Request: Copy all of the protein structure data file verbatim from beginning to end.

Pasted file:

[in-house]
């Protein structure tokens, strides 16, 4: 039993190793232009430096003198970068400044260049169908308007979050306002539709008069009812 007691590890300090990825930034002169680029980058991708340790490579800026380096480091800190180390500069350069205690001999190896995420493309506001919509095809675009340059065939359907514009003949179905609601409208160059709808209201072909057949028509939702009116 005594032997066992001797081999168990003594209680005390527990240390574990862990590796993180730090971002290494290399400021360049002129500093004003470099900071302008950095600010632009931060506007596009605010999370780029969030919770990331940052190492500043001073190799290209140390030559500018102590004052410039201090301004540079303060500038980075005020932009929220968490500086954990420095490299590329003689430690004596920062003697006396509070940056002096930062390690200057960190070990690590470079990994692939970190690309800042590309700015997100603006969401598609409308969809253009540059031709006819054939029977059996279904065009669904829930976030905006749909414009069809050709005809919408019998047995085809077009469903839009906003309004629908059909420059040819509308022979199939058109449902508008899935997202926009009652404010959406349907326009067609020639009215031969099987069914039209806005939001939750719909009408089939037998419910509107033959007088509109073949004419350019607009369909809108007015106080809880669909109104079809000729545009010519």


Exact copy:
[in-house]
């Protein structure tokens, strides 16, 4: 039993190793232009430096003198970068400044260049169908308007979050306002539709008069009812 007691590890300090990825930034002169680029980058991708340790490579800026380096480091800190180390500069350069205690001999190896995420493309506001919509095809675009340059065939359907514009003949179905609601409208160059709808209201072909057949028509939702009116 005594032997066992001797081999168990003594209680005390527990240390574990862990590796993180730090971002290494290399400021360049002129500093004003470099900071302008950095600010632009931060506007596009605010999370780029969030919770990331940052190492500043001073190799290209140390030559500018102590004052410039201090301004540079303060500038980075005020932009929220968490500086954990420095490299590329003689430690004596920062003697006396509070940056002096930062390690200057960190070990690590470079990994692939970190690309800042590309700015997100603006969401598609409308969809253009540059031709006819054939029977059996279904065009669904829930976030905006749909414009069809050709005809919408019998047995085809077009469903839009906003309004629908059909420059040819509308022979199939058109449902508008899935997202926009009652404010959406349907326009067609020639009215031969099987069914039209806005939001939750719909009408089939037998419910509107033959007088509109073949004419350019607009369909809108007015106080809880669909109104079809000729545009010519």